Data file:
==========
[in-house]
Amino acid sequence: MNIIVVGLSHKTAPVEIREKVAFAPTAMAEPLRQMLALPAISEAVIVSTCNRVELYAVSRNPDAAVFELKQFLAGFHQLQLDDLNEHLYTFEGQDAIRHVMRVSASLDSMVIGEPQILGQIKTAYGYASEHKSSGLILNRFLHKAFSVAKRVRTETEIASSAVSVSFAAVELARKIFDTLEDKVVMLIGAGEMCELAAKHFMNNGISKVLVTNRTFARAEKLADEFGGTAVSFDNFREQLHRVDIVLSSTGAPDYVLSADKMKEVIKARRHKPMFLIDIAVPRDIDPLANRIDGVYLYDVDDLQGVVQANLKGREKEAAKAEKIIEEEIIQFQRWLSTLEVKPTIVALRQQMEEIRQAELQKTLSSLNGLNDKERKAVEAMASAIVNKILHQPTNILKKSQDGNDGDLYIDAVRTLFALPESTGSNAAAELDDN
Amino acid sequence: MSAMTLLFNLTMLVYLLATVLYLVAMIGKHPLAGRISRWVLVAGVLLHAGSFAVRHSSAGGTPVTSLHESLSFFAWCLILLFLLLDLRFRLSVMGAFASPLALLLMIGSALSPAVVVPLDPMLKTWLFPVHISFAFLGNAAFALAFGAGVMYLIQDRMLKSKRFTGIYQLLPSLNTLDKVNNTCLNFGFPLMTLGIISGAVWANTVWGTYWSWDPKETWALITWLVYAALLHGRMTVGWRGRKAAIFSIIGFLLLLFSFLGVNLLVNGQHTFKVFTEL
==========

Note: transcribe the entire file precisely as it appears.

[in-house]
Amino acid sequence: MNIIVVGLSHKTAPVEIREKVAFAPTAMAEPLRQMLALPAISEAVIVSTCNRVELYAVSRNPDAAVFELKQFLAGFHQLQLDDLNEHLYTFEGQDAIRHVMRVSASLDSMVIGEPQILGQIKTAYGYASEHKSSGLILNRFLHKAFSVAKRVRTETEIASSAVSVSFAAVELARKIFDTLEDKVVMLIGAGEMCELAAKHFMNNGISKVLVTNRTFARAEKLADEFGGTAVSFDNFREQLHRVDIVLSSTGAPDYVLSADKMKEVIKARRHKPMFLIDIAVPRDIDPLANRIDGVYLYDVDDLQGVVQANLKGREKEAAKAEKIIEEEIIQFQRWLSTLEVKPTIVALRQQMEEIRQAELQKTLSSLNGLNDKERKAVEAMASAIVNKILHQPTNILKKSQDGNDGDLYIDAVRTLFALPESTGSNAAAELDDN
Amino acid sequence: MSAMTLLFNLTMLVYLLATVLYLVAMIGKHPLAGRISRWVLVAGVLLHAGSFAVRHSSAGGTPVTSLHESLSFFAWCLILLFLLLDLRFRLSVMGAFASPLALLLMIGSALSPAVVVPLDPMLKTWLFPVHISFAFLGNAAFALAFGAGVMYLIQDRMLKSKRFTGIYQLLPSLNTLDKVNNTCLNFGFPLMTLGIISGAVWANTVWGTYWSWDPKETWALITWLVYAALLHGRMTVGWRGRKAAIFSIIGFLLLLFSFLGVNLLVNGQHTFKVFTEL